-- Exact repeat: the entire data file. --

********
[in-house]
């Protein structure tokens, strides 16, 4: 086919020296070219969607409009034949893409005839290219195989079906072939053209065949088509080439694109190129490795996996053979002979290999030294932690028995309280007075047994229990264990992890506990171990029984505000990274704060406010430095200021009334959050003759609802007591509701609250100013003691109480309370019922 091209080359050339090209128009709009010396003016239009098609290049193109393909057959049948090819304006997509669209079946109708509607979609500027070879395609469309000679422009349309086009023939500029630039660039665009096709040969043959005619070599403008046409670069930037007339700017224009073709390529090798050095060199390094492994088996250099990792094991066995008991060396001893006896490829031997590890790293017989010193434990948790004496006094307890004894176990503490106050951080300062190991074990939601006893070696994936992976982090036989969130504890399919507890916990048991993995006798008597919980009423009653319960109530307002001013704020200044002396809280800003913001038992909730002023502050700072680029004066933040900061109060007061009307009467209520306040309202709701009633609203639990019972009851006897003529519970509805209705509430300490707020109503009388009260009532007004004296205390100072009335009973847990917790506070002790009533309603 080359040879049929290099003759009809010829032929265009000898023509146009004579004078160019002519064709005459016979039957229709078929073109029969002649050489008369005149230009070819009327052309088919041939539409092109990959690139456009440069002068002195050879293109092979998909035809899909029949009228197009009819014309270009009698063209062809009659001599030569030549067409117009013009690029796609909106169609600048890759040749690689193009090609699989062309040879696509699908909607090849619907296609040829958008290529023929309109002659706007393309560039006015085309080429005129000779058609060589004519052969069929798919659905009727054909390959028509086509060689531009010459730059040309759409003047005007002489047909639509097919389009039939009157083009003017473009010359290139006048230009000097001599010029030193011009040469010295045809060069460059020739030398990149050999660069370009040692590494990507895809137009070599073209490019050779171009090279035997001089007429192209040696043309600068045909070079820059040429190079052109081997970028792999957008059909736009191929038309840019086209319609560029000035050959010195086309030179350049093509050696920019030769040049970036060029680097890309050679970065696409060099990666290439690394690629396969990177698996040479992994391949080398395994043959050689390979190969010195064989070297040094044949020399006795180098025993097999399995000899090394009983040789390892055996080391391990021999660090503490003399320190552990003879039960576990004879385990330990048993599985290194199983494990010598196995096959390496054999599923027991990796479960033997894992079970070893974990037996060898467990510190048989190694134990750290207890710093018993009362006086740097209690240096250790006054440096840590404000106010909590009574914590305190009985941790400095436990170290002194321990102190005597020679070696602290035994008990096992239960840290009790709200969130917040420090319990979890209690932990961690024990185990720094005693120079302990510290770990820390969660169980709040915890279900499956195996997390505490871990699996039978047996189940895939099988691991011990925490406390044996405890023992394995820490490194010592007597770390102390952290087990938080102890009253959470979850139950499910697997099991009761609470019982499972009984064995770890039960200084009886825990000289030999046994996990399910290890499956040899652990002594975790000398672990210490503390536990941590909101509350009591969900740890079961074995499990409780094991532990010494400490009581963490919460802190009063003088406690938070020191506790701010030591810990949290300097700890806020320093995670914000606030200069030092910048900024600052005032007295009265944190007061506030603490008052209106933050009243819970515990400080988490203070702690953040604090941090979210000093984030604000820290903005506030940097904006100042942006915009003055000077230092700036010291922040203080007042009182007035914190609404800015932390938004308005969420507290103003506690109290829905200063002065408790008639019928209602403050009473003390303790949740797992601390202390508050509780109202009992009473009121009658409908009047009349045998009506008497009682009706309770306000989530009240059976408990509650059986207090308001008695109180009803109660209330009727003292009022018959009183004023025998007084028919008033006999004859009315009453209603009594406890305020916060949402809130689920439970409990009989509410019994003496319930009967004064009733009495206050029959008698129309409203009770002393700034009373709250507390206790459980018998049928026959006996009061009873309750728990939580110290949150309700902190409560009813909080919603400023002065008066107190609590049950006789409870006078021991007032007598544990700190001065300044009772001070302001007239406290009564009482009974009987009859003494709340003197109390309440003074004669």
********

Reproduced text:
[in-house]
């Protein structure tokens, strides 16, 4: 086919020296070219969607409009034949893409005839290219195989079906072939053209065949088509080439694109190129490795996996053979002979290999030294932690028995309280007075047994229990264990992890506990171990029984505000990274704060406010430095200021009334959050003759609802007591509701609250100013003691109480309370019922 091209080359050339090209128009709009010396003016239009098609290049193109393909057959049948090819304006997509669209079946109708509607979609500027070879395609469309000679422009349309086009023939500029630039660039665009096709040969043959005619070599403008046409670069930037007339700017224009073709390529090798050095060199390094492994088996250099990792094991066995008991060396001893006896490829031997590890790293017989010193434990948790004496006094307890004894176990503490106050951080300062190991074990939601006893070696994936992976982090036989969130504890399919507890916990048991993995006798008597919980009423009653319960109530307002001013704020200044002396809280800003913001038992909730002023502050700072680029004066933040900061109060007061009307009467209520306040309202709701009633609203639990019972009851006897003529519970509805209705509430300490707020109503009388009260009532007004004296205390100072009335009973847990917790506070002790009533309603 080359040879049929290099003759009809010829032929265009000898023509146009004579004078160019002519064709005459016979039957229709078929073109029969002649050489008369005149230009070819009327052309088919041939539409092109990959690139456009440069002068002195050879293109092979998909035809899909029949009228197009009819014309270009009698063209062809009659001599030569030549067409117009013009690029796609909106169609600048890759040749690689193009090609699989062309040879696509699908909607090849619907296609040829958008290529023929309109002659706007393309560039006015085309080429005129000779058609060589004519052969069929798919659905009727054909390959028509086509060689531009010459730059040309759409003047005007002489047909639509097919389009039939009157083009003017473009010359290139006048230009000097001599010029030193011009040469010295045809060069460059020739030398990149050999660069370009040692590494990507895809137009070599073209490019050779171009090279035997001089007429192209040696043309600068045909070079820059040429190079052109081997970028792999957008059909736009191929038309840019086209319609560029000035050959010195086309030179350049093509050696920019030769040049970036060029680097890309050679970065696409060099990666290439690394690629396969990177698996040479992994391949080398395994043959050689390979190969010195064989070297040094044949020399006795180098025993097999399995000899090394009983040789390892055996080391391990021999660090503490003399320190552990003879039960576990004879385990330990048993599985290194199983494990010598196995096959390496054999599923027991990796479960033997894992079970070893974990037996060898467990510190048989190694134990750290207890710093018993009362006086740097209690240096250790006054440096840590404000106010909590009574914590305190009985941790400095436990170290002194321990102190005597020679070696602290035994008990096992239960840290009790709200969130917040420090319990979890209690932990961690024990185990720094005693120079302990510290770990820390969660169980709040915890279900499956195996997390505490871990699996039978047996189940895939099988691991011990925490406390044996405890023992394995820490490194010592007597770390102390952290087990938080102890009253959470979850139950499910697997099991009761609470019982499972009984064995770890039960200084009886825990000289030999046994996990399910290890499956040899652990002594975790000398672990210490503390536990941590909101509350009591969900740890079961074995499990409780094991532990010494400490009581963490919460802190009063003088406690938070020191506790701010030591810990949290300097700890806020320093995670914000606030200069030092910048900024600052005032007295009265944190007061506030603490008052209106933050009243819970515990400080988490203070702690953040604090941090979210000093984030604000820290903005506030940097904006100042942006915009003055000077230092700036010291922040203080007042009182007035914190609404800015932390938004308005969420507290103003506690109290829905200063002065408790008639019928209602403050009473003390303790949740797992601390202390508050509780109202009992009473009121009658409908009047009349045998009506008497009682009706309770306000989530009240059976408990509650059986207090308001008695109180009803109660209330009727003292009022018959009183004023025998007084028919008033006999004859009315009453209603009594406890305020916060949402809130689920439970409990009989509410019994003496319930009967004064009733009495206050029959008698129309409203009770002393700034009373709250507390206790459980018998049928026959006996009061009873309750728990939580110290949150309700902190409560009813909080919603400023002065008066107190609590049950006789409870006078021991007032007598544990700190001065300044009772001070302001007239406290009564009482009974009987009859003494709340003197109390309440003074004669």